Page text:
As I put her on the bus, she said "boo, peas", which I knew meant that she wanted a piece of blue candy. My partner usually tucks her on the bus with a piece of candy, because she's nicer than I am. I explained that I didn't have candy, and signed that I was sorry, and she copied me, signing sorry herself, and asked me to squeeze her hands. As I squeezed her tiny hands, the hands she uses to hit herself, to fling her hair when she's angry, the hands she bites when she's out of control, I wanted so much to be able to give her something - not candy - but a cure that would allow us to talk about, well, anything really.

That's why I can't get that story out of my mind. Because it seems so hopeful, so possible, that one day they might be able to maneuver in the world like you and I do.

Wednesday, December 5, 2007

I'm Sad, or How Weather Can Suck

There is something about living in the Northwest - it can be sooo beautiful here, and if you visit from, say, California, you notice how GREEN it all is. And it's true, there are beautiful trees, and lovely parks, and wide-open green spaces to run in slow motion toward a tall soy latte.

But there is a reason why it is so green - it is the flip side to living here, and most of the time it doesn't get to me at all, but this past week, I have just been too constantly damp to not feel it....S.A.D. And honestly, it's not the rain, as much as it is the persistent grey. And the fact that nearly everyone else is affected by it too, so you constantly are surrounded by grumpy people. Or slow people. Or crying people.

We are lucky, though, because we don't live in a flood plain, and our roof wasn't torn off by hurricane force winds. And yesterday, the sun actually came out for a while, and at school, we all squinted and blinked and basked in it's warmth and talked about things other than how grumpy we were.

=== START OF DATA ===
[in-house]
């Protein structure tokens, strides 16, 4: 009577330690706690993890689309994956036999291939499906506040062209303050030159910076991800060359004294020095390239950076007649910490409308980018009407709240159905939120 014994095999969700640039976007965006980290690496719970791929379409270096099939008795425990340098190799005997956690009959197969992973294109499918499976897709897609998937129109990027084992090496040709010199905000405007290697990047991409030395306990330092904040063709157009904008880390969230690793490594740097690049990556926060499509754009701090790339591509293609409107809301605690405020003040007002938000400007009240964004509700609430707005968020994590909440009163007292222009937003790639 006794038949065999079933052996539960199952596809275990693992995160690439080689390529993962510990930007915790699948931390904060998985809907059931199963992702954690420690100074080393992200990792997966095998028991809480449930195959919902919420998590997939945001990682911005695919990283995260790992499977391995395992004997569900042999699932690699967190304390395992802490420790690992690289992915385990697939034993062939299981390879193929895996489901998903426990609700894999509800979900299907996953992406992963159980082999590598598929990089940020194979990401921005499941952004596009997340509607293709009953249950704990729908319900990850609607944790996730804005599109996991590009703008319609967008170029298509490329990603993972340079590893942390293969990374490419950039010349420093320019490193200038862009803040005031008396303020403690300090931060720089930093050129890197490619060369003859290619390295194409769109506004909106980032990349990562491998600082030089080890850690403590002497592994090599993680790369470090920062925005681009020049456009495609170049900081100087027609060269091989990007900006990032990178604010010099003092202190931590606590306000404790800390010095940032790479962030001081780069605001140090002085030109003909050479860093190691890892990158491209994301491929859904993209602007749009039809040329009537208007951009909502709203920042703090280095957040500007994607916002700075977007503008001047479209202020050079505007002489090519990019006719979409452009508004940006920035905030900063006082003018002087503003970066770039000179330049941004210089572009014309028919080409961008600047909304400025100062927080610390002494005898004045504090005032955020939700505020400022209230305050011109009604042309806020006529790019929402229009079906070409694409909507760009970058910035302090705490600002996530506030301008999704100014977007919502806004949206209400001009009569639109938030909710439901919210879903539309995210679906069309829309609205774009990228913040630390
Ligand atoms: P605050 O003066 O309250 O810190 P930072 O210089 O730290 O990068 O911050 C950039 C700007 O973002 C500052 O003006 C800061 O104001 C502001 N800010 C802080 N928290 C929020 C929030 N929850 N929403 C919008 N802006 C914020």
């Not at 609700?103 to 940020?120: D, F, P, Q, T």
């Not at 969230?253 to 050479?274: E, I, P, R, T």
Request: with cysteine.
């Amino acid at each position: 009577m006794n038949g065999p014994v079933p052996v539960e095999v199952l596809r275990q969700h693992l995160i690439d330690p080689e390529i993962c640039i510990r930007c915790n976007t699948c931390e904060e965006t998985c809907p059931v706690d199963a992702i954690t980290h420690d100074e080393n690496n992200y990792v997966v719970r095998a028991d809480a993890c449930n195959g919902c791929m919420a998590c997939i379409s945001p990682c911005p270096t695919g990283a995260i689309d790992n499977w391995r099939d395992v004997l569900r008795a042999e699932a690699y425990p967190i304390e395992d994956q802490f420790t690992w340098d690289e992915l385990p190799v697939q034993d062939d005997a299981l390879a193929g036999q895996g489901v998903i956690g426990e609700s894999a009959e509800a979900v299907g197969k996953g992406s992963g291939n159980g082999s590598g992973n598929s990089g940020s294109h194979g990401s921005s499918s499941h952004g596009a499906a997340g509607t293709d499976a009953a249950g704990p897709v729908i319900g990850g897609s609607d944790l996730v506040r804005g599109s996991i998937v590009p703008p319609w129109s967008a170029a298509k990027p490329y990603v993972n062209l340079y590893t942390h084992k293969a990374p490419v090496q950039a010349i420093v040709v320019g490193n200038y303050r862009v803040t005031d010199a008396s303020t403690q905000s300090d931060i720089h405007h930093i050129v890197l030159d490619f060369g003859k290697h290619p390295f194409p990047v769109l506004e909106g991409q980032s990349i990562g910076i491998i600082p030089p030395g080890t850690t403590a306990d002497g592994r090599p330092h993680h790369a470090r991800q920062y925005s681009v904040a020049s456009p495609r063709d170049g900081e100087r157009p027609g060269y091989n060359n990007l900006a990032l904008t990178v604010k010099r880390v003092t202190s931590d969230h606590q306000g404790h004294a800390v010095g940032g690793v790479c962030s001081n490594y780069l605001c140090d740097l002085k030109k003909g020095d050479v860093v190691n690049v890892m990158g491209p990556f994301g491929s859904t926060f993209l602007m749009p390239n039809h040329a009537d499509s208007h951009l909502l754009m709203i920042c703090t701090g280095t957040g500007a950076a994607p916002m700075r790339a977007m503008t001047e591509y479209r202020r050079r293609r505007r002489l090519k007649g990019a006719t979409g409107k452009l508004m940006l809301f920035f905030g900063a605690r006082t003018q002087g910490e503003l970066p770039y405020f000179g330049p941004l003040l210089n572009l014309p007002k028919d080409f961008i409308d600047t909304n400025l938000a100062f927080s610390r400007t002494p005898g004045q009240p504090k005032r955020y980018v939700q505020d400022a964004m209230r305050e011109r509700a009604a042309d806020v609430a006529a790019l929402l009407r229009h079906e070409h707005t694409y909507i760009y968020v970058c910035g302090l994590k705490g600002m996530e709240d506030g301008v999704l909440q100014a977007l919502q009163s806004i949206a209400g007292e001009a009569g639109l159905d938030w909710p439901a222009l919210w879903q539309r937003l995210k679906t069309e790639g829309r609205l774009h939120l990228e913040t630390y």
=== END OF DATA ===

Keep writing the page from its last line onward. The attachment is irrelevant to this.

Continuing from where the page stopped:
But that's over - the ten day trend has us getting rain, rain and more rain, except for this Saturday when it will be gorgeous, and I will be inside all day for a training session for school. Sigh....

The bright side of all this is that there is excellent coffee and beer in the Northwest. Which makes for some jittery drunks, but hey, whatever gets you through the winter.

Monday, December 3, 2007

In Other Newth...

Joe-Henry lost another tooth yesterday, this one located on the bottom, next to his front bottom teeth. It's been hanging by a thread for days, and I was relieved that it happened at home, and it wouldn't be distracting him (and everyone else at school). Last night, after bath time, I found him in his pj's in bed, feverishly writing a note to the tooth fairy, which read:

"Dear Tooth Fairy, Here is a dime for you because you often don't get paid for your bisness. Love Joe-Henry"

It was on Pirates of the Caribbean note paper, and he decorated it with hearts.

The tooth fairy took the dime, but I'm pretty sure the note was worth more to her.

Party Pooped

Thanks to everyone who stopped by the "party" yesterday. An odd experiment, I know, but it did put me in a holiday frame of mind - hope it did for you, too!

If you missed it yesterday, don't worry, there's leftovers - help yourself! And the beauty of a blog party is there isn't a mess to clean up!

Sunday, December 2, 2007

Come In!

Hi! Welcome!! I'm so happy to see you - thank you so much for coming! What's that? Oh, it looks delicious, let me take your coat. I know! The roads are so icy this morning, I'm glad you got here safely!

Who's that playing on the iPod? Sufjan Stevens! I'd heard of him, but never heard his music until last year, and Charley picked it up as a gift for a friend, and we decided to get it too. It's so festive and mellow, isn't it?

Help yourself to the table - I've made Brie topped with fresh cranberry relish, and there are some dipping crackers next to it on the table, and some yummy chile & cheese spirals. Both recipes are below:

Wheel of Brie
Topped with fresh cranberry relish, it can be store bought (not jellied), or home made. I make mine following the directions on the bag of fresh cranberries, substituting brown sugar for white, using orange juice instead of water, adding apple chunks and some hot pepper flakes. Stop wrinkling your noses - it's delicious! I'm serving it with Milton's Multi-grain crackers, but any sturdy, slightly sweet cracker would be perfect.

Chile & Cheese Spirals
4 oz. Room temp cream cheese